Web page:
Learning About “The Land of Smiles”

Thailand is called the “Land of Smiles” quite simply because of the smiles you see!  

But there other names too. Chiang Mai, also called “The Flower of the North” is in Lanna Country which translates as “Land of Thousand Rice Fields.”  

We visited a Hmong hill tribe village above Chaing Mai.



Blooming trees and flowers are abundant. Besides bougainvillea, hibiscus and plumeria there are many (unfamiliar to me) flowering trees with beautiful flowers in oranges, yellows and all shades of pink.

‘Thailand (Prathet Thai) means “land of the free”. They have never been colonized by another country. Prior to the name Thailand, the area was called Siam. Siamese cats originated here as well as the term Siamese twins.

The longest place-name in the world is the full name of Bangkok, the capital city of Thailand: Krungthepmahanakhon Amonrattanakosin Mahintharayutthaya Mahadilokphop Noppharatratchathaniburirom Udomratchaniwetmahasathan Amonphimanawatansathit Sakkathattiyawitsanukamprasit. It means “City of Angels, Great City of Immortals, Magnificent City of the Nine Gems, Seat of the King, City of Royal Palaces, Home of Gods Incarnate”.”

From A Note from Abroad 21 Things I learned About Thailand

Can anyone identify the bright red leafed plant (lower right) which has long tassels?



In March we have been experiencing temperatures in the low 100s  –  a dry heat like Sacramento, California, and a lot hotter than February’s 80s temperatures. April is generally the hottest month and the rainy season begins in June. November to February is the best time of year to visit.

“Chiang Mai has a particularly chronic problem with burning (and resulting haze) in March. The mountain views disappear as the Ping River valley chokes under a dusty haze that can often be a health hazard. This is the result of indiscriminate burning by peasant farmers, coupled with stagnant breeze-less weather.

Generally speaking, the weather of northern Thailand is far more temperate than central or southern Thailand. The mountainous terrain and location in the Asian interior brings cooler temperatures and less humidity.”  – Unknown blog site

We stay inside during the heat of the day, going out earlier in the day and after dark.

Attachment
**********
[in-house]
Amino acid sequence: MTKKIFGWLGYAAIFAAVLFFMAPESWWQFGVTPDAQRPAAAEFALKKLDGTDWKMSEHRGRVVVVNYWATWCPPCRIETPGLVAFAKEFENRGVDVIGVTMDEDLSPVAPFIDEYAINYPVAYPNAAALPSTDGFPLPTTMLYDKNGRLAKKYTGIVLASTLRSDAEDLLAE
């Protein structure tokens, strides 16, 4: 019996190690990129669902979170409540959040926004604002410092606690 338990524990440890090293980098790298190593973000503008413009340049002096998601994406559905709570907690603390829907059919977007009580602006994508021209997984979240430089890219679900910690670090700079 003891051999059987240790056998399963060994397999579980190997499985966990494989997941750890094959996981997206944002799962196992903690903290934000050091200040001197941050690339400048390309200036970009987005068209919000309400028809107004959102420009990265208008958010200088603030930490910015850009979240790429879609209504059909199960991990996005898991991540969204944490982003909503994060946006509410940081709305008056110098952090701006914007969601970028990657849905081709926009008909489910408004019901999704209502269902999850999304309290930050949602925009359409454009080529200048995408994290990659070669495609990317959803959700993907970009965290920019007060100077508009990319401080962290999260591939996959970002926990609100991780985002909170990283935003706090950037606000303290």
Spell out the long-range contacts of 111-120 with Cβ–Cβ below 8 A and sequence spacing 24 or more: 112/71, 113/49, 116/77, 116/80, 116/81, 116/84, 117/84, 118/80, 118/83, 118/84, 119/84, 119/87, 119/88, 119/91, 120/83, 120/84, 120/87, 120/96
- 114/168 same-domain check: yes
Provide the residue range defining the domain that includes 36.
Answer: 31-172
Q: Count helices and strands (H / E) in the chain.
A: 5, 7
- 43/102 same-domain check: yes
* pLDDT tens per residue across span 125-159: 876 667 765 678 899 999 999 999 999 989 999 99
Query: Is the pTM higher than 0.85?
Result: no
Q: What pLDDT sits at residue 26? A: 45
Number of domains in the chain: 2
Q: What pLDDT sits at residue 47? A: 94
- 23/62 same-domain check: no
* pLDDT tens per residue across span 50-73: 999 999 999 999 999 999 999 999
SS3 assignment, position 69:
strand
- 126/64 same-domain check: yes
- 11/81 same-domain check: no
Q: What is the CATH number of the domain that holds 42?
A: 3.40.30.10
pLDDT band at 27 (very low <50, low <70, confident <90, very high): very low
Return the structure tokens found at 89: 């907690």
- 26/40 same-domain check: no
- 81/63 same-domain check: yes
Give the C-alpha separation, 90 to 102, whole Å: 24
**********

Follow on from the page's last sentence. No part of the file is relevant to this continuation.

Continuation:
The other day while swimming I noticed “leaves” falling into the pool one after another.  Looking up I couldn’t see any reason for “leaves” to be spiraling down and wondered where they were coming from. I scooped one from the water and it dissolved in my fingers; they were ash!

Modes of Transportation and Driving

Vehicles drive on the left. While driving the scooter on the left side of the street one has to be on constant guard for those scooters coming at you driving against the traffic, cars entering the highway from side streets, parked cars in the lane (as there is no shoulder), cars coming from the right cut you off so they can park or turn left, slow or stopped songtheows, scooters passing left and right – and, of course pedestrians and an occasional dog.


The red trucks are called songtheows, inexpensive group taxis that operate in the main city, that drive slowly on the left trolling for passengers. They don’t have assigned routes, so one flags them down and states their destination. If there are existing passengers and it’s going your way you climb in the back. If there aren’t any passengers you get in the back and the driver trolls for additional passengers going your way. There are other colored songtheows for routes to further locales.


A bike taxi.


A tuk tuk taxi. Tuk tuk drivers consider themselves to be driving a motorcycle. They hog the left side of the road and cut in front of scooters but are slower and more cumbersome than scooters!

The main roads are divided highways, but what if one wants to go directly across the street or to a place a block down the road to your right?  

Driving a scooter gives you options. If one doesn’t want to travel miles out of the way in order to take a u-turn back, you can drive along the curb against the traffic or down the sidewalk!

If one is driving a scooter they ignore many traffic signs. For Steve, ignoring traffic signs takes some practice, but he’s slowly improving 😉


The kitchens are tiny spaces, maybe with only 1 or 2 burners so entrees are delivered to the table once they are ready, most likely not at the same time unless ordering two of the same entrees. This means one person may be finished eating before the second entree is delivered.   

Iced drinks cost more and now I know why! Ice made with purified water is purchased and delivered therefore it costs more to add ice to a drink.

Thais eat with a fork (or chopsticks) in one hand and a spoon in the other using the fork to push food onto the spoon.


This Chicken Khao Soi has a chicken leg, and both soft and crispy egg noodles and is eaten without using the fingers. A soup spoon is used for soups and rice dishes. To eat noodles, they carefully fork a small amount onto a spoon, arranging any dangling noodles so it can be inserted into the mouth without slurping or splashing. I am converted!


Many restaurant napkins are no different than single ply toilet paper.

Tipping is not expected.

Many restaurants and coffee shops play English songs in their establishments!

Suggestion: Carry napkins, toilet paper and hand sanitizer in your day bag.



The guidebook says Chiang Mai is “clean, not sterile.” We have found it to be remarkably clean especially considering all the “walking street markets” and food stands.  

There are lots of street sweepers. There are lots of street sweepers.


We did discover this view of trash by the river. Not keen to eat river fish!


The downside to buying from street venders and all the take-away food – lots of plastic, strofoam, bags, etc.


Europe has its bidet, and Thailand has the “Bum Gun”. Just like the spray nozzle at your kitchen sink, most toilets have one. It’s supposed to eliminate the blockage of the sewer drains by toilet tissue. It took me a while to attempt this adventure. I wasn’t sure if the entire toilet stall was going to get wet or not. It didn’t. I haven’t converted either.


The People

Beautiful Thai smile. Her scooter is loaded down with fresh flowers.